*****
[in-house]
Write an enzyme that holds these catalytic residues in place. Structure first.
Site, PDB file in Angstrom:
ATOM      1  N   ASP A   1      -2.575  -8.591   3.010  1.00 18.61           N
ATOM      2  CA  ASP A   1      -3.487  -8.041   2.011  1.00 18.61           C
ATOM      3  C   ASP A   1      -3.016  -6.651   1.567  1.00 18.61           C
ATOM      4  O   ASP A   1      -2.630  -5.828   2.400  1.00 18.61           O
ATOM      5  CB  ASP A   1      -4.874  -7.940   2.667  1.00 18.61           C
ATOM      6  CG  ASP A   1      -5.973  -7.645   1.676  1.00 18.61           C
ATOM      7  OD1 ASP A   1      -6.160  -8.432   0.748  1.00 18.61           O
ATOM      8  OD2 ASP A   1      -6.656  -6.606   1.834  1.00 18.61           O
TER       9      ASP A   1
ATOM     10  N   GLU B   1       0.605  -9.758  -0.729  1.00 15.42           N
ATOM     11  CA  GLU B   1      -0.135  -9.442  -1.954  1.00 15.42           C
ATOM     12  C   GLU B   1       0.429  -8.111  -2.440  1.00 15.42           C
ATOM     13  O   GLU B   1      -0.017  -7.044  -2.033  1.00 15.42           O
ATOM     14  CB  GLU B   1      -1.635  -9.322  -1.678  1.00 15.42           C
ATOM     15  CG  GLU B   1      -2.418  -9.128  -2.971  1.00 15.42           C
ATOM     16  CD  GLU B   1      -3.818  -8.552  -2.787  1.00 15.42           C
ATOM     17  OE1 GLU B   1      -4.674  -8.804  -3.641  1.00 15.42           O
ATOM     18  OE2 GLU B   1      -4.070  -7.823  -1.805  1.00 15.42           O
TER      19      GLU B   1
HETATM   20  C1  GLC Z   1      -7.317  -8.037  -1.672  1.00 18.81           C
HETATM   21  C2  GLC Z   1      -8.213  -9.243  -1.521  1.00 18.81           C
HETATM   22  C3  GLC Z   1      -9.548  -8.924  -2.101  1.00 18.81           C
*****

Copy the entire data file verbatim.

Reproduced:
[in-house]
Write an enzyme that holds these catalytic residues in place. Structure first.
Site, PDB file in Angstrom:
ATOM      1  N   ASP A   1      -2.575  -8.591   3.010  1.00 18.61           N
ATOM      2  CA  ASP A   1      -3.487  -8.041   2.011  1.00 18.61           C
ATOM      3  C   ASP A   1      -3.016  -6.651   1.567  1.00 18.61           C
ATOM      4  O   ASP A   1      -2.630  -5.828   2.400  1.00 18.61           O
ATOM      5  CB  ASP A   1      -4.874  -7.940   2.667  1.00 18.61           C
ATOM      6  CG  ASP A   1      -5.973  -7.645   1.676  1.00 18.61           C
ATOM      7  OD1 ASP A   1      -6.160  -8.432   0.748  1.00 18.61           O
ATOM      8  OD2 ASP A   1      -6.656  -6.606   1.834  1.00 18.61           O
TER       9      ASP A   1
ATOM     10  N   GLU B   1       0.605  -9.758  -0.729  1.00 15.42           N
ATOM     11  CA  GLU B   1      -0.135  -9.442  -1.954  1.00 15.42           C
ATOM     12  C   GLU B   1       0.429  -8.111  -2.440  1.00 15.42           C
ATOM     13  O   GLU B   1      -0.017  -7.044  -2.033  1.00 15.42           O
ATOM     14  CB  GLU B   1      -1.635  -9.322  -1.678  1.00 15.42           C
ATOM     15  CG  GLU B   1      -2.418  -9.128  -2.971  1.00 15.42           C
ATOM     16  CD  GLU B   1      -3.818  -8.552  -2.787  1.00 15.42           C
ATOM     17  OE1 GLU B   1      -4.674  -8.804  -3.641  1.00 15.42           O
ATOM     18  OE2 GLU B   1      -4.070  -7.823  -1.805  1.00 15.42           O
TER      19      GLU B   1
HETATM   20  C1  GLC Z   1      -7.317  -8.037  -1.672  1.00 18.81           C
HETATM   21  C2  GLC Z   1      -8.213  -9.243  -1.521  1.00 18.81           C
HETATM   22  C3  GLC Z   1      -9.548  -8.924  -2.101  1.00 18.81           C